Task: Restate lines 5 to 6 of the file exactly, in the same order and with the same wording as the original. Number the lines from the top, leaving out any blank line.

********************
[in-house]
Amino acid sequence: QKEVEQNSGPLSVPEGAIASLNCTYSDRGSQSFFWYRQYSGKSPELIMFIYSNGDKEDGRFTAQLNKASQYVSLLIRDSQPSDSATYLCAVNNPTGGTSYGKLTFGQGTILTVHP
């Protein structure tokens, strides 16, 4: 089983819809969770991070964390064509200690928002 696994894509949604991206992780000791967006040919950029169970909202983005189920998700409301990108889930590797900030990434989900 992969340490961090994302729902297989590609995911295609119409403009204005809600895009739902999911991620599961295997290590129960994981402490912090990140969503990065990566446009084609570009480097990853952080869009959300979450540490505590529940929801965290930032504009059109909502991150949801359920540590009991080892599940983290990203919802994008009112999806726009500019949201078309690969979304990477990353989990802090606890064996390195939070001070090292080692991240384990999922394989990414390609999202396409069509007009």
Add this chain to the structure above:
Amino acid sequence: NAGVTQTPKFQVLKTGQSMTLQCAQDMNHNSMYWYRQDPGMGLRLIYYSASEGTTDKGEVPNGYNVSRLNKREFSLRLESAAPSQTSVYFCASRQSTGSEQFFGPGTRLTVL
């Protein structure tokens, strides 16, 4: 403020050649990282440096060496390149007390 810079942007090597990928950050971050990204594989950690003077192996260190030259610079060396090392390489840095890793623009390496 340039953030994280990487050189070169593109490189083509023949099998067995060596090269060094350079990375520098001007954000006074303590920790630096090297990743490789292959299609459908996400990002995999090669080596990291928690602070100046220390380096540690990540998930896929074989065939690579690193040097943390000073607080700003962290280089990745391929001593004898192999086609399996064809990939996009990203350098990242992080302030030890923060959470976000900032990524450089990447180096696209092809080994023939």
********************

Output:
Amino acid sequence: NAGVTQTPKFQVLKTGQSMTLQCAQDMNHNSMYWYRQDPGMGLRLIYYSASEGTTDKGEVPNGYNVSRLNKREFSLRLESAAPSQTSVYFCASRQSTGSEQFFGPGTRLTVL
């Protein structure tokens, strides 16, 4: 403020050649990282440096060496390149007390 810079942007090597990928950050971050990204594989950690003077192996260190030259610079060396090392390489840095890793623009390496 340039953030994280990487050189070169593109490189083509023949099998067995060596090269060094350079990375520098001007954000006074303590920790630096090297990743490789292959299609459908996400990002995999090669080596990291928690602070100046220390380096540690990540998930896929074989065939690579690193040097943390000073607080700003962290280089990745391929001593004898192999086609399996064809990939996009990203350098990242992080302030030890923060959470976000900032990524450089990447180096696209092809080994023939």